Global Goods, Local Costs

It takes an army to maintain rhinos on a reserve. Captured here, the entire team works with wildlife veterinarian Dr. Fowlds to push a rhino onto its stomach to keep its lungs from collapsing during a small procedure. On average, a white rhino weighs around 4,000 lbs. Image by Kelsey Emery. South Africa, 2017.
August 29, 2017 by Kelsey Emery

South African wildlife sits on the brink of disaster as rhinos continue to be poached. With so much at stake, villagers fight to protect the keystone species, resources, and the tourism industry.

Azindo Nchegir is a subsistence farmer and agent for the Chinese gambling machines in Zamashegu. Image by Noah Fowler. Ghana, 2017.
August 5, 2017 by Jonathan Kaiman, Noah Fowler

Across Africa, the era of U.S. and European hegemony is ending. As China fills the gap, the continent is changing in ways we’re only beginning to understand.

May 29, 2017 by Larry C. Price

Years of unmitigated contamination from Zambia's largest lead mine have created a toxic nightmare for the residents of Kabwe, the country's second largest city.

People play soccer as dusk falls on the village of Adjuma Kondre in Suriname. The village's water sources have been impacted by Alcoa's nearby mining operations. Image by Stephanie Strasburg. Suriname, 2017.
April 23, 2017 by Rich Lord, Len Boselovic

Multinational Alcoa, in a restructuring, departs struggling Suriname after 100 years. The loose ends include a hydroelectric dam, two company towns, a long-loyal workforce, and a sputtering economy.

A Rohingya refugee displays her scars. Image by Doug Bock Clark. Myanmar, 2017.
April 19, 2017 by Doug Bock Clark, Corey Pattison

As Myanmar emerges from half a century of isolation to join the globalized world, Doug Bock Clark and Corey Pattison will report on the forces struggling to shape the country's future.

Women working at a small, temporary brick factory in Malda village. While most of the laborers at this factory were local relatives of the owner, the industry is notorious for exploiting migrant labor. Image by Yardain Amron. India, 2016.
April 14, 2017 by Yardain Amron

Each winter hundreds of thousands of Indians migrate north to man the world's second largest brick industry. They're promised opportunity, but many are bonded into debt.

March 1, 2017 by Caitlin J. Cotter

An Andean village has battled severe lead toxicity from ceramics production, and now residents face the challenges of alternative glazing compounds or abandoning their cottage industry altogether.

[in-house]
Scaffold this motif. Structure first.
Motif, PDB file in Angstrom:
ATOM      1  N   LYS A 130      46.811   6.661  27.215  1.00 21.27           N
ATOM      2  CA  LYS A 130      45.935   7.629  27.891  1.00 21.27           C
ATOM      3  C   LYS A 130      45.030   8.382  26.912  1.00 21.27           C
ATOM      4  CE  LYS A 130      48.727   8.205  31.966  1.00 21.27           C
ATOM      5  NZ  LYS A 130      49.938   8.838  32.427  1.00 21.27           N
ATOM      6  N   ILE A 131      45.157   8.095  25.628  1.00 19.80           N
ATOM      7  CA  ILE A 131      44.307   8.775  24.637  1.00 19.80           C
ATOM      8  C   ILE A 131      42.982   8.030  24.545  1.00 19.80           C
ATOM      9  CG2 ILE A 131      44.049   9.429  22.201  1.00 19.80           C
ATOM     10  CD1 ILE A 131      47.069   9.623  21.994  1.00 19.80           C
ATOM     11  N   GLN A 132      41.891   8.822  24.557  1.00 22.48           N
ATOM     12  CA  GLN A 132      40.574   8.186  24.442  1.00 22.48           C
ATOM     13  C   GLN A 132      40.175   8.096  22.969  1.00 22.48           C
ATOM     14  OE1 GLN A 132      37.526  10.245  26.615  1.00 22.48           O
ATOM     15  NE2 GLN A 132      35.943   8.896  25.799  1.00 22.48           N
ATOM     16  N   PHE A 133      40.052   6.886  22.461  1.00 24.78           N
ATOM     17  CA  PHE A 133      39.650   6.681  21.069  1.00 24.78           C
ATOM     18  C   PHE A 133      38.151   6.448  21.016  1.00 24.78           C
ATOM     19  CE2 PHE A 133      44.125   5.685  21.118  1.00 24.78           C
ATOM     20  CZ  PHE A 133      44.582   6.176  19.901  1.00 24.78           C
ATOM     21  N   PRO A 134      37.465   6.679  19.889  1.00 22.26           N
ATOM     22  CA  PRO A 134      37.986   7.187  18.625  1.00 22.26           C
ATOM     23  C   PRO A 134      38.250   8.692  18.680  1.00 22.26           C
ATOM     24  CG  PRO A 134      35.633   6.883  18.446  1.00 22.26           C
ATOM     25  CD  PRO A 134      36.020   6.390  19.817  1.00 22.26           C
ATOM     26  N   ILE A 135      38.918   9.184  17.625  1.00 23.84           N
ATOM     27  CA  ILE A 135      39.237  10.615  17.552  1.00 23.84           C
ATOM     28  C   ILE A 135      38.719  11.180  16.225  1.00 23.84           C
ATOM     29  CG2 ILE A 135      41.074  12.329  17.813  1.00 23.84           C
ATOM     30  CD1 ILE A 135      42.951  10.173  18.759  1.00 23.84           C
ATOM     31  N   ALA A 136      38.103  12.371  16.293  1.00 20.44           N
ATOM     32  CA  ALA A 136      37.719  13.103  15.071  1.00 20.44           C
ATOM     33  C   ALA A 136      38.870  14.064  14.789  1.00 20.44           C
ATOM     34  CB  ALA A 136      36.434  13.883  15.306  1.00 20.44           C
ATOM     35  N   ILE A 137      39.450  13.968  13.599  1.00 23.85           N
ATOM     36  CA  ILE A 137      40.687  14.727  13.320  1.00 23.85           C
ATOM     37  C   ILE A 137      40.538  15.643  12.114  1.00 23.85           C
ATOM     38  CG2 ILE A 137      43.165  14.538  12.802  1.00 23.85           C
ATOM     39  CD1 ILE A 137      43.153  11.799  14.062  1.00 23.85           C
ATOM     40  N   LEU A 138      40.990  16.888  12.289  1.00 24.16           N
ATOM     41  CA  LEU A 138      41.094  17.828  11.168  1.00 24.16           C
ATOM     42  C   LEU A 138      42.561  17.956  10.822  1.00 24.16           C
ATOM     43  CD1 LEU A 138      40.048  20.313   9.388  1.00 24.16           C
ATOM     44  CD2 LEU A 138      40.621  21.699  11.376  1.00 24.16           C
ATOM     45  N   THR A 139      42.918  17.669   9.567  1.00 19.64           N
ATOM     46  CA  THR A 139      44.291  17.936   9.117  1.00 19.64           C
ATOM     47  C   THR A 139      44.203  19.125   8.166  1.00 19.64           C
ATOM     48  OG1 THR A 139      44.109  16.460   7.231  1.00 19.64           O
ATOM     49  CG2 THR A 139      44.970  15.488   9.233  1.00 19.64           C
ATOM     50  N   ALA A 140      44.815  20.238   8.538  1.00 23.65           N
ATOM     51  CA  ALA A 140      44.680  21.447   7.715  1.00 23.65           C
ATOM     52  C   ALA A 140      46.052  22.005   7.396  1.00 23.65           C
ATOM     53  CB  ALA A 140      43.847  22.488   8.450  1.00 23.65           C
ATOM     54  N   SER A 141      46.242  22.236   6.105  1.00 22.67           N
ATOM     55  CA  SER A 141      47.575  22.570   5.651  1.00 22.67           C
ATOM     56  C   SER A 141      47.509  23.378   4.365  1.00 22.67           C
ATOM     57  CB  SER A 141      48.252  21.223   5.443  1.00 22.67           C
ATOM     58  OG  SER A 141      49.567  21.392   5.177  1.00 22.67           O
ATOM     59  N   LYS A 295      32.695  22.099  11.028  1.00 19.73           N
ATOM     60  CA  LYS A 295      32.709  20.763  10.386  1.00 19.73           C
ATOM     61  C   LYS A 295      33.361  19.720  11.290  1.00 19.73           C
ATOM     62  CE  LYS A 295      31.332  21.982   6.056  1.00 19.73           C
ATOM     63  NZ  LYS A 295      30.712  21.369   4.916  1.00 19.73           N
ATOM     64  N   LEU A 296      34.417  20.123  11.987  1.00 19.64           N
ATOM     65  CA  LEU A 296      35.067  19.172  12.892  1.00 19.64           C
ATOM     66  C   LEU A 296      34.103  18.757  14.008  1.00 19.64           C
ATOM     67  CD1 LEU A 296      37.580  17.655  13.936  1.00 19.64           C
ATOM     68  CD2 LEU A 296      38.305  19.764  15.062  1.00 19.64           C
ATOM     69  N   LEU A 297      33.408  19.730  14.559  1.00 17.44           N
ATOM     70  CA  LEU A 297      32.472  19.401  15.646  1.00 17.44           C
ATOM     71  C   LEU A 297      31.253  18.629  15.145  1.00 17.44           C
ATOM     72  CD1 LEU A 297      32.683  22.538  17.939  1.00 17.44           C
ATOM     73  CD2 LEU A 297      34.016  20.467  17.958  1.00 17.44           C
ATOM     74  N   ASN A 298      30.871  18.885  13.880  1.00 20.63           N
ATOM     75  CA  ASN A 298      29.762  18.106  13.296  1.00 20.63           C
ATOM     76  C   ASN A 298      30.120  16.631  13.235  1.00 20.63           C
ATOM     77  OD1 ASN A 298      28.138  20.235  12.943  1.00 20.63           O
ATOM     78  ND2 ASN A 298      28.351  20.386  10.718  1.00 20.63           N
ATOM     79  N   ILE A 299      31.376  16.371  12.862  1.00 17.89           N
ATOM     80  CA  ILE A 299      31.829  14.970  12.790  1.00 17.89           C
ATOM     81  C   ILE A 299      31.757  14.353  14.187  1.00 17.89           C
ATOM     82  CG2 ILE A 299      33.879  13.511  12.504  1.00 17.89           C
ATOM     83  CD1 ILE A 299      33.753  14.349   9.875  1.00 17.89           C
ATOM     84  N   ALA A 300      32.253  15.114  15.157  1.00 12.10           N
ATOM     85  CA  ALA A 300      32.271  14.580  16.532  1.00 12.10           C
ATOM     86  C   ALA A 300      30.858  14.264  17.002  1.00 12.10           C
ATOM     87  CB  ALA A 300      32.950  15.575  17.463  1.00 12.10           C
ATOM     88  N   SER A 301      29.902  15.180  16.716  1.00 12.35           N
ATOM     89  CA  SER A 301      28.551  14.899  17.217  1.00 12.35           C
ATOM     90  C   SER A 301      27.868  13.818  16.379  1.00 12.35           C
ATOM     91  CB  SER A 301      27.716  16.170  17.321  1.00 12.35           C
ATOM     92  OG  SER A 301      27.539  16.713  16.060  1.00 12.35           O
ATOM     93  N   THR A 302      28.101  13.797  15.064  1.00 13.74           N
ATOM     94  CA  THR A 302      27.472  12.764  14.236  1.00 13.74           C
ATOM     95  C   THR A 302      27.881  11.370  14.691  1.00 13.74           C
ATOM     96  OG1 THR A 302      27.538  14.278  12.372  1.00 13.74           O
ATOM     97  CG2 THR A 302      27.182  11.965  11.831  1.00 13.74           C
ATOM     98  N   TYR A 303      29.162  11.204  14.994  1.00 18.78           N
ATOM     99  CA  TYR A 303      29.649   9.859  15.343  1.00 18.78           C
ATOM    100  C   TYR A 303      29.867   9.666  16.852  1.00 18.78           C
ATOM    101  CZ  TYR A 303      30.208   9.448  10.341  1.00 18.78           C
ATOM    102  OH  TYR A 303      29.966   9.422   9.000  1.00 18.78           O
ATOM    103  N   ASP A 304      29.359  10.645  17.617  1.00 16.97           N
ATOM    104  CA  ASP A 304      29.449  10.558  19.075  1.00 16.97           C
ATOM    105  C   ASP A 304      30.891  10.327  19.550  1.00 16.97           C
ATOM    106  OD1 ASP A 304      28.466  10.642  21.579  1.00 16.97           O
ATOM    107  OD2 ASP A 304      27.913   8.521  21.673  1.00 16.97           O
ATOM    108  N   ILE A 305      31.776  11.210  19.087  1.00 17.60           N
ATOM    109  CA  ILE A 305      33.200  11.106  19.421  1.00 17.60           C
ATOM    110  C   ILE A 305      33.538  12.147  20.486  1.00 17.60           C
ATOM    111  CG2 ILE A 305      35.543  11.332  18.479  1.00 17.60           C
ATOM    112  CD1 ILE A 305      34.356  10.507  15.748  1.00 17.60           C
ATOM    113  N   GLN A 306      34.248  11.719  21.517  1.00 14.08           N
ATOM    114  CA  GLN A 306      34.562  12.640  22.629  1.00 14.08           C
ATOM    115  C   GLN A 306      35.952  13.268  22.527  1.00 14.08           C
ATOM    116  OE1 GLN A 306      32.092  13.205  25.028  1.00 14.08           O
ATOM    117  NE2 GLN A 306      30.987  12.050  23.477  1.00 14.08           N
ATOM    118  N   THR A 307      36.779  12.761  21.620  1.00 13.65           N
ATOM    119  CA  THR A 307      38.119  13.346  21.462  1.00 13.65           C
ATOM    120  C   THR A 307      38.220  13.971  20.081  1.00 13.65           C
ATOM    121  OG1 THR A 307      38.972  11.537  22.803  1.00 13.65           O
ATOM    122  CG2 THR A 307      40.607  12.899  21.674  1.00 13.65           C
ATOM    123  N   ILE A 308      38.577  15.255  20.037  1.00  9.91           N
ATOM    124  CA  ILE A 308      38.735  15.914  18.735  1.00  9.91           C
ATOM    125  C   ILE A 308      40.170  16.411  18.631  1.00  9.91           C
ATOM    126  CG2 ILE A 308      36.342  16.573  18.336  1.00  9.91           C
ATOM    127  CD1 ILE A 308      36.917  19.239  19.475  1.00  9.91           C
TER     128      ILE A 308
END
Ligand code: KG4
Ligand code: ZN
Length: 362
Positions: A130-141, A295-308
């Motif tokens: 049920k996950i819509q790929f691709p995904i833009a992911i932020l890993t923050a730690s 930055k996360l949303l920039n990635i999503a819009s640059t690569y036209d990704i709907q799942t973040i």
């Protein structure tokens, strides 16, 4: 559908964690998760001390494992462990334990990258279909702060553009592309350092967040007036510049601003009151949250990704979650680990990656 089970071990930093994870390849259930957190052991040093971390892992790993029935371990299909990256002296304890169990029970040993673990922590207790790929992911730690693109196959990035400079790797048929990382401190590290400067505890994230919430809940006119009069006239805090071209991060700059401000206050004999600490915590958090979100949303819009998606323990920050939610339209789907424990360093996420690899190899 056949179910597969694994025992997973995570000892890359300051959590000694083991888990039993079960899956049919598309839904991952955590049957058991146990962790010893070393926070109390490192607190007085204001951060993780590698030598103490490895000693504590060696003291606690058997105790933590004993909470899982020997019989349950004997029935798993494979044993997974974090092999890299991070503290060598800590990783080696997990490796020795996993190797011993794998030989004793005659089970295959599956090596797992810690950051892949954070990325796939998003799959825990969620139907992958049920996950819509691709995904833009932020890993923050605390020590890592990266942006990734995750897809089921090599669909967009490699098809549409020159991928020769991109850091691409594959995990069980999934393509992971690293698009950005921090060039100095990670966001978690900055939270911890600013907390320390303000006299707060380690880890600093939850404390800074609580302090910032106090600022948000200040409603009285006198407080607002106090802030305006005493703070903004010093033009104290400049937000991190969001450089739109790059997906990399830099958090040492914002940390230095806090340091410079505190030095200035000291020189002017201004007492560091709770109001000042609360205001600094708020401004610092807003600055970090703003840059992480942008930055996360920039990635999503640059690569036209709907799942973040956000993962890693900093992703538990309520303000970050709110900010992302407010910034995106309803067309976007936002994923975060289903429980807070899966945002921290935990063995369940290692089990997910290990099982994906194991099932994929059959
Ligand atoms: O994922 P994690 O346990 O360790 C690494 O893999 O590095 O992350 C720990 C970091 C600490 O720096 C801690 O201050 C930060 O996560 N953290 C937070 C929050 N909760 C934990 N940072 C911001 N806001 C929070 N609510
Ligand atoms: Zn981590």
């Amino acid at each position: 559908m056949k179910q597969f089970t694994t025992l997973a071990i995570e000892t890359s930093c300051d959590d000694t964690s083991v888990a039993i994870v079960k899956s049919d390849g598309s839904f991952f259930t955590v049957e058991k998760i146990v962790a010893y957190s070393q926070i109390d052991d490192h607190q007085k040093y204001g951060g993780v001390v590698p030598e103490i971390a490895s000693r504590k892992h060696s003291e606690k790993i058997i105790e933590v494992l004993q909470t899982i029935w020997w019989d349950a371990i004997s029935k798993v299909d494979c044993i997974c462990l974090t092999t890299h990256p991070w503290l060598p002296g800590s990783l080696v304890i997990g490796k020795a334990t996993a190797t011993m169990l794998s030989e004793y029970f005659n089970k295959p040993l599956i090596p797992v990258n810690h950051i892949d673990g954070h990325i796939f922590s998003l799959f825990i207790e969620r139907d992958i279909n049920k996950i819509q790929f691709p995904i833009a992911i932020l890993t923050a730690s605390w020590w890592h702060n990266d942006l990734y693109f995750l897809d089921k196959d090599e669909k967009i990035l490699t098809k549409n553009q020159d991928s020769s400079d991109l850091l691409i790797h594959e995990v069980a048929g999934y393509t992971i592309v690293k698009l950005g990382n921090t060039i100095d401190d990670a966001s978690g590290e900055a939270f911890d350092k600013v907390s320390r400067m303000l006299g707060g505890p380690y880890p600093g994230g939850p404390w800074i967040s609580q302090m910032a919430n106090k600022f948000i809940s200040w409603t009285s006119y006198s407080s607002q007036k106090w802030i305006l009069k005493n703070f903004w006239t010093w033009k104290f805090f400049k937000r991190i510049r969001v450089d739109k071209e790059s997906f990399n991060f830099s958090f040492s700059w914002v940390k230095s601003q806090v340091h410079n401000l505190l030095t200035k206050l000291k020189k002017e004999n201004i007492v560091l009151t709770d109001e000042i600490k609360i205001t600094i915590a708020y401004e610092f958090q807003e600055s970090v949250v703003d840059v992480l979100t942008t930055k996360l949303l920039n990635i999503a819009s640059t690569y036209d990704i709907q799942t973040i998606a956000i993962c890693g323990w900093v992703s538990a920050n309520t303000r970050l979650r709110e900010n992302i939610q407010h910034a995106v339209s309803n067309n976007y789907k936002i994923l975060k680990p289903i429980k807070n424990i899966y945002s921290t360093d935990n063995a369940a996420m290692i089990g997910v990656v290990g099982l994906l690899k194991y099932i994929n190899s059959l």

Local farmers are seen at the so-called market, a collection center for cotton, in a village near Dano. Image by Jošt Franko. Burkina Faso, 2015.
December 14, 2016 by Meta Krese, Jošt Franko

From cotton farms in Burkina Faso to sweatshops in Bangladesh and Romania, a story of the real costs of our globalized economy.

Image by Mark Olalde. South Africa, 2016.
October 13, 2016 by Mark Olalde

More than 6,000 abandoned mines pierce South African soil, and the nation is now left to deal with the environmental and social rehabilitation from what was once its most important industry.

October 11, 2016 by Rachel Nuwer

Demand for animals vastly outstrips availability. What are the forces driving the current poaching crisis, what we stand to lose if species fall, and what is being done to stop the killing?

Land reclamation works are on-going at this area of Tuas, Singapore's westernmost area where a new massive container port—the world's largest in the next 30 years—is being built. The port authority is using materials dredged from the nearby seabed and earth excavated from tunneling work on a subway line to cut use of sand by about 70 per cent in the building of this pier—which will be one of four eventually. Singapore has been short of sand for its sizeable and continual land reclamation and construction work, having bought sand from its neighboring Southeast Asian countries for decades. Image by Sim Chi Yin. Singapore, 2017.
July 29, 2016 by Vince Beiser, Sim Chi Yin

Concrete. Glass. Silicon. Our civilization is built on the most important yet most overlooked commodity in the world: sand. And we are starting to run out.

Image by Camila DeChalus. Colombia, 2016.
July 28, 2016 by Camila DeChalus

Camila DeChalus directed and produced a video for her project about how, with help from the Catholic Church, coffee farmers in rural Colombia are fighting against the impacts of climate change.